Refactoring the IsolatedStorageORM

During the course of the week I got a chance to attend to some of the glaring issues with the framework for managing Isolated Storage on Windows Phone 7.  I am quite pleased with what I came up with.  It permits a good amount of flexibility where needed while still leveraging enough code  in the core to carry out complex operations

Repository Types
The first thing I started looking at was the idea of a singular repository.  When dealing with phone data, for many things you arent talking about multiple users; phones tend to be single user devices so you arent likely to store a bunch of user profiles governing the settings for your application for a number of users.  This concept eventually came though as RepositorySingle to join RepositoryCollection.

IDataHandler
As with the original, the developer writes the actual repository class and inherits from RepositoryBase which will provide the functionality needed to use it with the framework; an example implementation is shown below:

   1: public class IsolatedStorageRepository : RepositoryBase

   2: {

   3:     public RepositoryCollection StorageItems { get; set; }

   4:     public RepositorySingle Options { get; set; }

   5:  

   6:     public IsolatedStorageRepository()

   7:     {

   8:         StorageItems = RepositoryFactory.

   9:             GetRepositoryCollectionInstance("sampleData");

  10:         Options = RepositoryFactory.

  11:             GetRepositorySingleInstance("settings2");

  12:     }

  13: }

While this code looks similar to the code in the prototype, it is actually quite different under the hood.  The main thing was the introduction of IDataHandler which provides method for reading and writing objects from the underlying persistence mechanism; yes the framework can work with other storage mechanisms now. RepositoryFactory contains two overloads for each of the getters. GetRepositoryCollectionInstance is shown below

   1:  

   2:         public static RepositoryCollection GetRepositoryCollectionInstance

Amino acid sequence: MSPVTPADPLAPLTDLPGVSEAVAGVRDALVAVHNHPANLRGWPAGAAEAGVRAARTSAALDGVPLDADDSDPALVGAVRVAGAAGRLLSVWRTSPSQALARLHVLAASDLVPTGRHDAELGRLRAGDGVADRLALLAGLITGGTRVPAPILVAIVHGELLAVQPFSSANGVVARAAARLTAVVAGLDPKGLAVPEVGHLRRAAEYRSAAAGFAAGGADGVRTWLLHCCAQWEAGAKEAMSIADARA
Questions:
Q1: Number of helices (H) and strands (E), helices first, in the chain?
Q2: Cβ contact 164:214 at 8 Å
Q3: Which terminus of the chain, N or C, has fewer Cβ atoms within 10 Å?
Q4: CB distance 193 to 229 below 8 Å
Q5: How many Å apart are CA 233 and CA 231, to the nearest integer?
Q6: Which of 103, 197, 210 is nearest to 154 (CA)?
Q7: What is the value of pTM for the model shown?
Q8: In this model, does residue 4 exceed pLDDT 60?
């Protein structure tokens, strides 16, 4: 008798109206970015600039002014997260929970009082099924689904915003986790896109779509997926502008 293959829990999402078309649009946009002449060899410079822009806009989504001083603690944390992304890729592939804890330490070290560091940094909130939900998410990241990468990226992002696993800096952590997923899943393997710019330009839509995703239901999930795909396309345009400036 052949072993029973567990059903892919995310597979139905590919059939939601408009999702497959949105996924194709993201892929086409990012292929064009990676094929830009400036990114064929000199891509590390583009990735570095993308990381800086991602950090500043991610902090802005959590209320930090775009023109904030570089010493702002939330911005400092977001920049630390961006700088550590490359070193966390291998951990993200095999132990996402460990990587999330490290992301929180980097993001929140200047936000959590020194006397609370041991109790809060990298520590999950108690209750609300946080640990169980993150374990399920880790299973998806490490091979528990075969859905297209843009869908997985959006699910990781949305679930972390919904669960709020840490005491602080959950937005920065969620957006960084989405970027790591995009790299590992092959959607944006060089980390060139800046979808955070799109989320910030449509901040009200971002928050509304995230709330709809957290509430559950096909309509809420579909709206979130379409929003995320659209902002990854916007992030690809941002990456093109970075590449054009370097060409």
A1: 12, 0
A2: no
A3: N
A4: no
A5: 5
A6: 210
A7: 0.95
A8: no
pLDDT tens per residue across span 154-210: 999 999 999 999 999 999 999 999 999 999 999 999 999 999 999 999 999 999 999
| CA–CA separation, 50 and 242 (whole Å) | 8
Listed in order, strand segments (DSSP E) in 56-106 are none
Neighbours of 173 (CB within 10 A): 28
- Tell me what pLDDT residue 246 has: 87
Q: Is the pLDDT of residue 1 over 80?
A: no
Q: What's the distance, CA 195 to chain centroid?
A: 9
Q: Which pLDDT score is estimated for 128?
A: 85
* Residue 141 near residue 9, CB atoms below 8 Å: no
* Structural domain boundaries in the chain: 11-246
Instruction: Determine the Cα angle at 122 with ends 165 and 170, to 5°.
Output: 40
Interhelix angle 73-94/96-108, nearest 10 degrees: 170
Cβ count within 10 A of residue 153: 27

3:             (IDataHandler service) where T : EntityBase, new()

   4:         {

   5:             return new RepositoryCollection(service);

   6:         }

   7:  

   8:         public static RepositoryCollection GetRepositoryCollectionInstance

   9:             (string filepath) where T : EntityBase, new()

  10:         {

  11:             return GetRepositoryCollectionInstance(

  12:                 new IsolatedStorageDataHandler(filepath));

  13:         }

The IDataHandler was introduced to allow me to run my unit tests against the code without a phone behind it and, as it turns out, you cant have IsolatedStorage just cause Smile.  So the gist here is, you can specify your own if you like or you can simply pass the file path and it is assumed that you want IsolatedStorage.

To create your own, you would simply implement IDataHandler, optionally you can inherit from the abstract class DataHandlerBase which will provide some helpful methods for dealing with files.  This is an area that I am targeting for refactor next.

Converters and Attributes
One of the major limitations with the original version was it only supported string properties on any given object.  With this refactor I introduced the concept of a converter associated with the attributes.  The new DataColumnAttribute is now the base class for all typed data column attributes.  Currently, I have added support for int, short, long, boolean, and DateTime.  The entities now look like such:

   1: [DataColumn(0)]

   2: public string FirstName { get; set; }

   3:  

   4: [DataColumn(1)]

   5: public string LastName { get; set; }

   6:  

   7: [DateTimeDataColumn(2)]

   8: public DateTime DateOfBirth { get; set; }

   9:  

  10: [BooleanDataColumn(3)]

  11: public bool IsAlive { get; set; }

 

So now when you use the vanilla DataColumn attribute, the value stored at this column is assumed to be a string.  As you can see we create derivatives to support the various types, the following is the source for BooleanDataColumnAttribute: